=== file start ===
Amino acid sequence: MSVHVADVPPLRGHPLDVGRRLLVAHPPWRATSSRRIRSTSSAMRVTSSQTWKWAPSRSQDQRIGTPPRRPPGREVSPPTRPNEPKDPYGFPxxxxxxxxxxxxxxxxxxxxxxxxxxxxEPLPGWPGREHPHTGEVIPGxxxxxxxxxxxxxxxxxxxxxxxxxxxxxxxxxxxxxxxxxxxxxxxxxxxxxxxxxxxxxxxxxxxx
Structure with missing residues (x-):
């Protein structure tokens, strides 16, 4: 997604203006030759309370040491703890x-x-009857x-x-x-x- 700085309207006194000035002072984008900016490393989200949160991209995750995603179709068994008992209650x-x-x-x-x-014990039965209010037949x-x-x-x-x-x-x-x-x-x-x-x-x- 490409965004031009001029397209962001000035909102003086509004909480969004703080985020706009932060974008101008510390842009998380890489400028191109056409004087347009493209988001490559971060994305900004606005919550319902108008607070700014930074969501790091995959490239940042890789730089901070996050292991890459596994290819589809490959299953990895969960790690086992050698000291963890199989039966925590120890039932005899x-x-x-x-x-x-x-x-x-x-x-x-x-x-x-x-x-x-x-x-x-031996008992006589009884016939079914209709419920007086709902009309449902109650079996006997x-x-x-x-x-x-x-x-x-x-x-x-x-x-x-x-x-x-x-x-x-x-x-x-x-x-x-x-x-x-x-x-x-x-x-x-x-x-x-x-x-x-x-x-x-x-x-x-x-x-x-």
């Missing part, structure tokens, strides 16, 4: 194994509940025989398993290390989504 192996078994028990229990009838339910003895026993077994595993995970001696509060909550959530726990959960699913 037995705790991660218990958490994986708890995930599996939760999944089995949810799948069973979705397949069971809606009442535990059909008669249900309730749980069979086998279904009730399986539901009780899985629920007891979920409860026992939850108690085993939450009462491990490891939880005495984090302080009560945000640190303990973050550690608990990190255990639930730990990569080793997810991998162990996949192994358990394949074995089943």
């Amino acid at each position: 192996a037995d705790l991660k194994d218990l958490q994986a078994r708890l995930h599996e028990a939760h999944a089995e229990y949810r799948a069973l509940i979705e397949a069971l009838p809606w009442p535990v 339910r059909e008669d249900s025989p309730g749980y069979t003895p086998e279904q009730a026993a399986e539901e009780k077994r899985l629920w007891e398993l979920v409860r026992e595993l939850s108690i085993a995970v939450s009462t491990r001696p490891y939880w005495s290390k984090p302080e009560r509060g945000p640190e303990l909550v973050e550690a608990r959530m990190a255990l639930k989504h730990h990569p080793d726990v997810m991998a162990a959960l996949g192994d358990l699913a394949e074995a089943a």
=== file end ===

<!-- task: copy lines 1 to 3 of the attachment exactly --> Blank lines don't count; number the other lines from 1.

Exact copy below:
Amino acid sequence: MSVHVADVPPLRGHPLDVGRRLLVAHPPWRATSSRRIRSTSSAMRVTSSQTWKWAPSRSQDQRIGTPPRRPPGREVSPPTRPNEPKDPYGFPxxxxxxxxxxxxxxxxxxxxxxxxxxxxEPLPGWPGREHPHTGEVIPGxxxxxxxxxxxxxxxxxxxxxxxxxxxxxxxxxxxxxxxxxxxxxxxxxxxxxxxxxxxxxxxxxxxx
Structure with missing residues (x-):
């Protein structure tokens, strides 16, 4: 997604203006030759309370040491703890x-x-009857x-x-x-x- 700085309207006194000035002072984008900016490393989200949160991209995750995603179709068994008992209650x-x-x-x-x-014990039965209010037949x-x-x-x-x-x-x-x-x-x-x-x-x- 490409965004031009001029397209962001000035909102003086509004909480969004703080985020706009932060974008101008510390842009998380890489400028191109056409004087347009493209988001490559971060994305900004606005919550319902108008607070700014930074969501790091995959490239940042890789730089901070996050292991890459596994290819589809490959299953990895969960790690086992050698000291963890199989039966925590120890039932005899x-x-x-x-x-x-x-x-x-x-x-x-x-x-x-x-x-x-x-x-x-031996008992006589009884016939079914209709419920007086709902009309449902109650079996006997x-x-x-x-x-x-x-x-x-x-x-x-x-x-x-x-x-x-x-x-x-x-x-x-x-x-x-x-x-x-x-x-x-x-x-x-x-x-x-x-x-x-x-x-x-x-x-x-x-x-x-």